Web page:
We all have books we reach for when we seek comfort. The Sword of Truth series’ Faith of the Fallen is one of those books that helps us find hope in the future during these bleak times.
Reading for comfort in a time of turmoil can not only be an escape, but it can truly give us as readers hope, and help sooth rampant thoughts of helplessness as the world around us rapidly spirals out of control.
When thinking about fictional characters overcoming adversity in fantasy, I think of Richard Rahl from Terry Goodkind’s epic Sword of Truth series.
Sword of Truth was the first adult fantasy book series that I got into, and that’s mostly thanks to Richard Rahl and his integrity and belief in the face of seemingly insurmountable trials.
(Warning: this article contains major plot spoilers for the original Sword of Truth series by Terry Goodkind)
One thing that Terry Goodkind did well throughout Sword of Truth was to continually write Richard Rahl as an unstoppable force because of his belief in good and helping people, even if they denied him help when he so desperately needed it.
After facing Darken Rahl, being captured by the Sisters of the Light, overcoming the Chimes, being taken into the heart of the enemy by Nicci, defeating a magical plague, and finding the love of his life in a world where no one remembered her, Richard Rahl knows what it’s like to not only survive, but to come out with his head held high.
While some want to read books right now like Station Eleven and A Death-Struck Year, I’m finding myself reaching for comfort fantasy instead.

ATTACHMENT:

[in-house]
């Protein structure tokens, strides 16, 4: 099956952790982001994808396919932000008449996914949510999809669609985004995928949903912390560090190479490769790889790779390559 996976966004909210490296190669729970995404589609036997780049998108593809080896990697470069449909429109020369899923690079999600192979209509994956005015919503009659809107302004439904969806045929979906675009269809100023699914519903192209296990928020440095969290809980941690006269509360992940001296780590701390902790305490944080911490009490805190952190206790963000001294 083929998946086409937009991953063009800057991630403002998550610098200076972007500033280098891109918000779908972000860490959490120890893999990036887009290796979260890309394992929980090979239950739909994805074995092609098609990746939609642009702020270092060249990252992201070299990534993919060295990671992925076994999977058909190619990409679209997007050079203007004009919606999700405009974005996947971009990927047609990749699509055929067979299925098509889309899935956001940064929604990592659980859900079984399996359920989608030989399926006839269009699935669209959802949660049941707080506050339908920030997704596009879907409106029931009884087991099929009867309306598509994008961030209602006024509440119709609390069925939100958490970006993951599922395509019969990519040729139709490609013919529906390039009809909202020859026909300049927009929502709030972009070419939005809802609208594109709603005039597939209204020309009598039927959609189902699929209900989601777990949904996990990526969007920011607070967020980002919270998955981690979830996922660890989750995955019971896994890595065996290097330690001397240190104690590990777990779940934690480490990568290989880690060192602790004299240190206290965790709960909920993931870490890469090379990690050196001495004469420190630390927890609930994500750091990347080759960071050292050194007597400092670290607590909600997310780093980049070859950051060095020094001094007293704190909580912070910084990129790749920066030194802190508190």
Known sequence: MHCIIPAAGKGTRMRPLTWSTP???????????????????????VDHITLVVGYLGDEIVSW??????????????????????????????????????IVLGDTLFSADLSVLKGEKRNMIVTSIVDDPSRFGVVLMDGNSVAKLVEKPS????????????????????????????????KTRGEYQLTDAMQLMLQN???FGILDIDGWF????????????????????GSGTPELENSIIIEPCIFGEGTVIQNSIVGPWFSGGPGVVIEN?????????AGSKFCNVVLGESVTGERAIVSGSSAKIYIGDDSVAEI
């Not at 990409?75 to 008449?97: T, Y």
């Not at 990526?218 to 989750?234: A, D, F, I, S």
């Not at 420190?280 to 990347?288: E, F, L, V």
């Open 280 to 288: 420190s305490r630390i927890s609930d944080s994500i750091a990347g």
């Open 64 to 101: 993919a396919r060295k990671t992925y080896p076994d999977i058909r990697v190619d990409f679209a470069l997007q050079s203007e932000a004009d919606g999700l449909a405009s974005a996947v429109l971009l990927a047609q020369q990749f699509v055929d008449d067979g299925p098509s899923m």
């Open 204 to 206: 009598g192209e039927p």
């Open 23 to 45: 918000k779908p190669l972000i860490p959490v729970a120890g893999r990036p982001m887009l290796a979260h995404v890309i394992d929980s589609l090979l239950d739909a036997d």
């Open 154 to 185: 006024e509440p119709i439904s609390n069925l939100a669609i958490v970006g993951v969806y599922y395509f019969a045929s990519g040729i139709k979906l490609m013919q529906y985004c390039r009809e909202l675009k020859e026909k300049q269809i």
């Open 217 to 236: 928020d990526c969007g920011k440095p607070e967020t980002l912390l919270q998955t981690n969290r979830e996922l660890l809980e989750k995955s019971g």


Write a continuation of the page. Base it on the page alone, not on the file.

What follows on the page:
What am I considering as a comforting fantasy? For me its characters overcoming adversity, surviving despite everything, which is why I’m strongly thinking about rereading the series.
The series is massive, so if I had to pick one book, it would be Faith of the Fallen. Smack dab in the middle of the series, it’s also one of the heaviest emotionally, but with an ending worth the pain.
That’s the thing about angst and turmoil: the end should be worth the agony one goes through while reading.
For me, Faith of the Fallen is a book that I hold close to my heart. Is it perfect? No, of course not, but after years upon years and a sea of fantasy books surrounding me, I can see its flaws for what they are, but that doesn’t mean Sword of Truth and Richard Rahl don’t come to mind when I think of surviving difficulties, no matter how big or small.
Why Faith of the Fallen? We all have books that resonate with us so deeply that merely thinking about them brings a level of emotion to the surface that we can’t help but be overcome, even if for only a moment at the effect a book had on us when we first found it.
Everything from Richard initially giving up and hiding, to Kahlan and him in the woods, to his reactions to being kidnapped, to finding a way to survive apart in order for Kahlan to live, Richard’s journey in the sixth Sword of Truth book gives me not only hope for our future, but the strength to believe.